New cameras in Lexington could clear the daily, heavy traffic - DatelineCarolina

New cameras in Lexington could clear the daily, heavy traffic

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Terrence Green, Lexington police chief, feels his morning drive around Lexington became faster with the installation of the new cameras. Terrence Green, Lexington police chief, feels his morning drive around Lexington became faster with the installation of the new cameras.
A look into the congestion of the Lexington morning commute without the traffic cameras. A look into the congestion of the Lexington morning commute without the traffic cameras.
Steve MacDougall, mayor of Lexington, has worked with the Lexington transportation division for two years to put the cameras in all 35 intersections of Lexington. Steve MacDougall, mayor of Lexington, has worked with the Lexington transportation division for two years to put the cameras in all 35 intersections of Lexington.
Randy Edwards, Lexington director of transportation, showcases how the cameras give faster signals than before to reduce traffic congestion. Randy Edwards, Lexington director of transportation, showcases how the cameras give faster signals than before to reduce traffic congestion.

By Kenneil Mitchell
CAROLINA REPORTER & NEWS

For such a little county, Lexington has major city traffic. Lexington County traffic officials have installed new traffic cameras to reduce congestion for drivers navigating rush hour. 

Lexington County Police Chief Terrence Green drove through U.S. Route 1 and immediately noticed the difference the cameras made when he paused behind a car and the light turned green right away.

“It read that, hey we got people at this light, we need to let these people come across,” Greene said. “The other system, you would sit here two to five minutes before you’d get the green light.”

Greene says the cameras give him more time to respond to emergencies.

 “This has knocked a lot of time off our response time, which is keeping our response time under 10 minutes right now,” Greene said. “This system helps out with trying to move the traffic freely and flowing through the town.”

Steve MacDougall, Lexington mayor and general manager of Hudson’s Smokehouse, says it took two years to get the cameras working at the intersections.

He worked with the Lexington County Transportation Division for weeks to test the strength of the cameras by leaving them on only to monitor the traffic and count the cars.

MacDougall says the cameras didn't control the signals during that period, in order to see if the cameras reduced traffic without it.

“We did that for two weeks and then we turned the system back on,” MacDougall said. “Once we turned it back on, we saw a 20 percent reduction of traffic congestion.”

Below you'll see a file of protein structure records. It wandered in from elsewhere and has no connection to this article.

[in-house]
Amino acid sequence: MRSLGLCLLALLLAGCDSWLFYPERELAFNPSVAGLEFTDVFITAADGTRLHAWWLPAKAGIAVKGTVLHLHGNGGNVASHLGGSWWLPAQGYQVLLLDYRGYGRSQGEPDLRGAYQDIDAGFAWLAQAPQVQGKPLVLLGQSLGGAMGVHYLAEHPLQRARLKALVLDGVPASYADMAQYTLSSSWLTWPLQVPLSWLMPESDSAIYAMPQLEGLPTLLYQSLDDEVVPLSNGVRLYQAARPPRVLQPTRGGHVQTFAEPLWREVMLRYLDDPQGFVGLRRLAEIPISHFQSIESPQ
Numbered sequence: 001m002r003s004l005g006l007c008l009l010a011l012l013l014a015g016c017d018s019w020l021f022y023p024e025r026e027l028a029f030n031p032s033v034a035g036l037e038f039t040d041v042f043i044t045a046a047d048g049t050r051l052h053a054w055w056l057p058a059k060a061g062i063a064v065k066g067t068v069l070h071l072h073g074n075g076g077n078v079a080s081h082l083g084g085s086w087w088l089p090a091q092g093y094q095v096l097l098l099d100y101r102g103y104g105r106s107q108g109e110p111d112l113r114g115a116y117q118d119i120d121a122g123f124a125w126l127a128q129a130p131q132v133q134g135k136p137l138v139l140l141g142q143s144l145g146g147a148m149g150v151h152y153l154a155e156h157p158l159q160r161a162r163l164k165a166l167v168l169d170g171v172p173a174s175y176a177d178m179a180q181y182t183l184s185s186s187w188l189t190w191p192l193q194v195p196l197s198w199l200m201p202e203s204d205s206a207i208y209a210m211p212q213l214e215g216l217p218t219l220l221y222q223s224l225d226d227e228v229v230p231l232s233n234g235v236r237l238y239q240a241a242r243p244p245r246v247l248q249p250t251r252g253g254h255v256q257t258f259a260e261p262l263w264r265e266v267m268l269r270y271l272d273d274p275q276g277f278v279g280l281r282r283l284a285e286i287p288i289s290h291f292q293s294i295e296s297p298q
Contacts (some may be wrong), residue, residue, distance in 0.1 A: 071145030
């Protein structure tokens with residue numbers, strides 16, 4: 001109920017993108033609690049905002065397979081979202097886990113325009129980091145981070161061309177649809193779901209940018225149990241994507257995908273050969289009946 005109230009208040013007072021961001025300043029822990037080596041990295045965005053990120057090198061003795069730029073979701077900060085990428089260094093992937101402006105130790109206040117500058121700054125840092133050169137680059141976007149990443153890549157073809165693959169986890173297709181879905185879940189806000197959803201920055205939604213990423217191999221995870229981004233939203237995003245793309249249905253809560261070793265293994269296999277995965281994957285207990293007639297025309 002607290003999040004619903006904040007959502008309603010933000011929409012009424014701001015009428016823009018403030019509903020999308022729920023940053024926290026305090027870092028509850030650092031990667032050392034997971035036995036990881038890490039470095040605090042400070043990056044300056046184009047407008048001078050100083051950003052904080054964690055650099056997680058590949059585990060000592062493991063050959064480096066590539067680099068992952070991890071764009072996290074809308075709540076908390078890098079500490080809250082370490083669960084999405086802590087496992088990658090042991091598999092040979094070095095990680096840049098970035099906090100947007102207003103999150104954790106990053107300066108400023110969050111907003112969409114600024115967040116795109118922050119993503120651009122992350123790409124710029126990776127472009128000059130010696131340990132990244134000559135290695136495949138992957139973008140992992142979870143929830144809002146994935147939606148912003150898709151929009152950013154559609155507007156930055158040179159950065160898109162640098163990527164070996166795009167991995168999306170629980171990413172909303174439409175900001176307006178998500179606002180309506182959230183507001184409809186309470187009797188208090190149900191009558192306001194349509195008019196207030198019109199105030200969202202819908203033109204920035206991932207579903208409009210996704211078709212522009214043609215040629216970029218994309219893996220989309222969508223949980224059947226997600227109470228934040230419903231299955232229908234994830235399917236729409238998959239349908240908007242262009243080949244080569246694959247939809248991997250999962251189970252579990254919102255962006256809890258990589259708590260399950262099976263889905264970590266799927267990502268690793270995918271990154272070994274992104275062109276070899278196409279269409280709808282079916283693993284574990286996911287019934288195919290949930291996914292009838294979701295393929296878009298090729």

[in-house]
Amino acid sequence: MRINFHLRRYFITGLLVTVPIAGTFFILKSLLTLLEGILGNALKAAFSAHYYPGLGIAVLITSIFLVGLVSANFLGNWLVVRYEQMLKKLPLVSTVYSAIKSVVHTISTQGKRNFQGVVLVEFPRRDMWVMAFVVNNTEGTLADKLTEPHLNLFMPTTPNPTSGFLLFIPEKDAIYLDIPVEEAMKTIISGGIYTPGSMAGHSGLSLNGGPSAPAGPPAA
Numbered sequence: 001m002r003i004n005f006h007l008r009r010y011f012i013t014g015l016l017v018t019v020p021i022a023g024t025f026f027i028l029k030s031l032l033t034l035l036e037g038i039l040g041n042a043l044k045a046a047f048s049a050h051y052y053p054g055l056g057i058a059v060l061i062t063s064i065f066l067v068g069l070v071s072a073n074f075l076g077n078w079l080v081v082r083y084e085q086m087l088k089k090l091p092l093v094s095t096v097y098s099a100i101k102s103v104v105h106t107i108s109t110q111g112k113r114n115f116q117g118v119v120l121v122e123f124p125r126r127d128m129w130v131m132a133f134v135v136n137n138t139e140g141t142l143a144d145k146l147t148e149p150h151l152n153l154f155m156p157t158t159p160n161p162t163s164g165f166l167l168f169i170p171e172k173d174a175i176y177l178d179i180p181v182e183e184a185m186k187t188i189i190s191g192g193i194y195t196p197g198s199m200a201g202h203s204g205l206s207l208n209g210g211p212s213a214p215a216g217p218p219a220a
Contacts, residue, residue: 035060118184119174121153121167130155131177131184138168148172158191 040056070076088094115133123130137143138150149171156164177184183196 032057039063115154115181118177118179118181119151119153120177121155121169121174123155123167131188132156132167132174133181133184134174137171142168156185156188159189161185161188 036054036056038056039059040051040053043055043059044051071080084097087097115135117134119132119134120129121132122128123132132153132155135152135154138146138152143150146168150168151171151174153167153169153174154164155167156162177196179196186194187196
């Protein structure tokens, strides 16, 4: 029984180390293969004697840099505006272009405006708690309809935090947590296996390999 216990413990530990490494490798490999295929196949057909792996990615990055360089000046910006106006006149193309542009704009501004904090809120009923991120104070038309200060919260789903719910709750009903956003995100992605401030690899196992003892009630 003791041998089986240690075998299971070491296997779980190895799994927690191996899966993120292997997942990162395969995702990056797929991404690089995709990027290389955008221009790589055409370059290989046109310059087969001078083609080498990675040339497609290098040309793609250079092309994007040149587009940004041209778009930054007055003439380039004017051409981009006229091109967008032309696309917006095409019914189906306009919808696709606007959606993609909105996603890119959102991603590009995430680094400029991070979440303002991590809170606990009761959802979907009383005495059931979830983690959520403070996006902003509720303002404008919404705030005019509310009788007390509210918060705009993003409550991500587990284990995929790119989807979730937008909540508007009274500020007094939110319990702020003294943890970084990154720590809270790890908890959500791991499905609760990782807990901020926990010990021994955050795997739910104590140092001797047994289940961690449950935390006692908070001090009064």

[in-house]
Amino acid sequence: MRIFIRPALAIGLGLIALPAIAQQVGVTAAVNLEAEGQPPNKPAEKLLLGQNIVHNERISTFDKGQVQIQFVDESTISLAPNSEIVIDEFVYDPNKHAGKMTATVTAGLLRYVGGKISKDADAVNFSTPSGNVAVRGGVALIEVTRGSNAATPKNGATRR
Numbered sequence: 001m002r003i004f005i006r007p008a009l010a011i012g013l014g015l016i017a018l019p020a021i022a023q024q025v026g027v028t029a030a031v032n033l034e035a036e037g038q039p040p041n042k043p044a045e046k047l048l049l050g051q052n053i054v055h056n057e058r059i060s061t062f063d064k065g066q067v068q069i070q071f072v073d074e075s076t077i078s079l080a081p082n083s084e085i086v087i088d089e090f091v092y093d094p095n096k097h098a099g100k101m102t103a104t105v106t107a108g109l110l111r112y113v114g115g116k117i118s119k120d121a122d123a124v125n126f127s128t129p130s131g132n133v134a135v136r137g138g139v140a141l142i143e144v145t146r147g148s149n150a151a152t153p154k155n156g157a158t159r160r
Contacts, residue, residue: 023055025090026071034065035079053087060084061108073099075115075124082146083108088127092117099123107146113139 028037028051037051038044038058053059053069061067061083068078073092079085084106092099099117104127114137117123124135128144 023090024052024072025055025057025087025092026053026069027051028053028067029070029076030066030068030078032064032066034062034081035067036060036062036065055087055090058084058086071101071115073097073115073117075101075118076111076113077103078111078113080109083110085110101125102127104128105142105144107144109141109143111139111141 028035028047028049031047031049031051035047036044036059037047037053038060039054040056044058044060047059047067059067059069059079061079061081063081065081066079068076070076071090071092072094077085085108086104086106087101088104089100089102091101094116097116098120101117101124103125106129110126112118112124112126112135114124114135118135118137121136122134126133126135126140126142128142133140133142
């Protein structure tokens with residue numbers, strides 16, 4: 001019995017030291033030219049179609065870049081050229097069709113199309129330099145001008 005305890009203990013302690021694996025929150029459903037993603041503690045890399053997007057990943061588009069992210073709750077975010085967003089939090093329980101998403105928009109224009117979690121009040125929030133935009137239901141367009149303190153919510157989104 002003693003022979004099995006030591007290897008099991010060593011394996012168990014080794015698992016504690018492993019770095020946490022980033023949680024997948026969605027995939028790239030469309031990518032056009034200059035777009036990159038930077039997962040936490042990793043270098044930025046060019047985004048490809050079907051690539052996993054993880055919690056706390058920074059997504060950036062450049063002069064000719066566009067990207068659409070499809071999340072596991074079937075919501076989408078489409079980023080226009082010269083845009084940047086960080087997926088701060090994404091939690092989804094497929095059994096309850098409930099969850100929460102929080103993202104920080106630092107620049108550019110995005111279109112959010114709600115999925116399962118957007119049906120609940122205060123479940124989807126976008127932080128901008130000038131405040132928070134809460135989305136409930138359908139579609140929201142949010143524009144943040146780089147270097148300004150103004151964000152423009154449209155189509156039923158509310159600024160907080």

This reduction results in drivers saving five minutes on the road. The new system was not paid for by the Lexington citizens, but from other sources.

“We got funds from the Council of Governments, which issues funds for traffic improvement,” MacDougall said. “We got some through funds through the county, and we pitched in as a town and put some money up as well.”

MacDougall says he’s proud of the results and hopes to make history with the cameras.

“Once we have all the cameras installed throughout town, we’ll be the first city in America with every traffic light tied together, talking to each other, eliminating traffic congestion.” –  Mayor MacDougall

The Lexington Transportation Division has created two phases for the adaptive system of the traffic cameras. Phase 1 is already completed, with 19 intersections having functional cameras. Phase 2 includes 16 intersections being installed, which traffic officials state will be completed by the end of 2018.

Randy Edwards, Lexington transportation director, works with the Lexington traffic committee to keep the cameras functional. He explains the system as a means to provide a green pathway for cars to move more efficiently on the road.

“We have pre-programmed alignments that essentially will be green for that higher volume of traffic,” Edwards said. “It does provide some better free flow through the town itself when you’re pushing that additional doubling the volume of your normal, daily traffic.”

His mission is to make the cameras adapt to traffic to make the technology more natural.

“It operates a lot the way you and I would think,” Edward said. “Like, hey, there’s not many cars coming, why can’t I go? And so the cameras detect, sense how long you’ve been there and then will shut down when it’s appropriate.”

Green says he’s very proud of the cameras as he believes the technology helps move cars in a timely fashion.

“To use technology in a way to help our citizens, but people who are just traveling through our city, is, I think it’s great," he said.

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